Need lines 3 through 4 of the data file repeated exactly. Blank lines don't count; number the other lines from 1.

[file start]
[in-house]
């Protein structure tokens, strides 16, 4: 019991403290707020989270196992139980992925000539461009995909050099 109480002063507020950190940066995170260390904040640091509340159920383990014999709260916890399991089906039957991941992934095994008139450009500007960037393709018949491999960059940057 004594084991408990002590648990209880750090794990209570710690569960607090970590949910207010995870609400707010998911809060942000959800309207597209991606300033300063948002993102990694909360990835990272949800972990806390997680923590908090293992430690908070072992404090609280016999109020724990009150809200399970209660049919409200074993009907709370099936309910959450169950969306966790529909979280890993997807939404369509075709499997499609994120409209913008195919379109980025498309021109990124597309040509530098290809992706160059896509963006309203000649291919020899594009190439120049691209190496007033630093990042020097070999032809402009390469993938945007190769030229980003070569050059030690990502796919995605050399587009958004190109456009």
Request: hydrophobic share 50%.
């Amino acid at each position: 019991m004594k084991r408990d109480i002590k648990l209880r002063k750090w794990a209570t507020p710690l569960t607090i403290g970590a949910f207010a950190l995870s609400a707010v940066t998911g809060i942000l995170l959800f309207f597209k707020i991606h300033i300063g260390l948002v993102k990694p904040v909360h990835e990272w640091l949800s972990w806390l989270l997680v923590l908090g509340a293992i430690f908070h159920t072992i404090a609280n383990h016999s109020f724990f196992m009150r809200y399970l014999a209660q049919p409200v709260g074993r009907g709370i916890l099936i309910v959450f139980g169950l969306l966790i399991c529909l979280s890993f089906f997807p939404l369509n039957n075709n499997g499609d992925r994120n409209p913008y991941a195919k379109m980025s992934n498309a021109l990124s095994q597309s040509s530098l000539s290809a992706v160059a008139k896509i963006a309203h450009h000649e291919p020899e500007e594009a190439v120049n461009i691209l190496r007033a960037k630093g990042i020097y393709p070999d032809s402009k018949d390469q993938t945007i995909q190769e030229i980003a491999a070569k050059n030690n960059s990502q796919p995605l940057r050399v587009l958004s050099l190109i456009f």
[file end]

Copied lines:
Request: hydrophobic share 50%.
């Amino acid at each position: 019991m004594k084991r408990d109480i002590k648990l209880r002063k750090w794990a209570t507020p710690l569960t607090i403290g970590a949910f207010a950190l995870s609400a707010v940066t998911g809060i942000l995170l959800f309207f597209k707020i991606h300033i300063g260390l948002v993102k990694p904040v909360h990835e990272w640091l949800s972990w806390l989270l997680v923590l908090g509340a293992i430690f908070h159920t072992i404090a609280n383990h016999s109020f724990f196992m009150r809200y399970l014999a209660q049919p409200v709260g074993r009907g709370i916890l099936i309910v959450f139980g169950l969306l966790i399991c529909l979280s890993f089906f997807p939404l369509n039957n075709n499997g499609d992925r994120n409209p913008y991941a195919k379109m980025s992934n498309a021109l990124s095994q597309s040509s530098l000539s290809a992706v160059a008139k896509i963006a309203h450009h000649e291919p020899e500007e594009a190439v120049n461009i691209l190496r007033a960037k630093g990042i020097y393709p070999d032809s402009k018949d390469q993938t945007i995909q190769e030229i980003a491999a070569k050059n030690n960059s990502q796919p995605l940057r050399v587009l958004s050099l190109i456009f």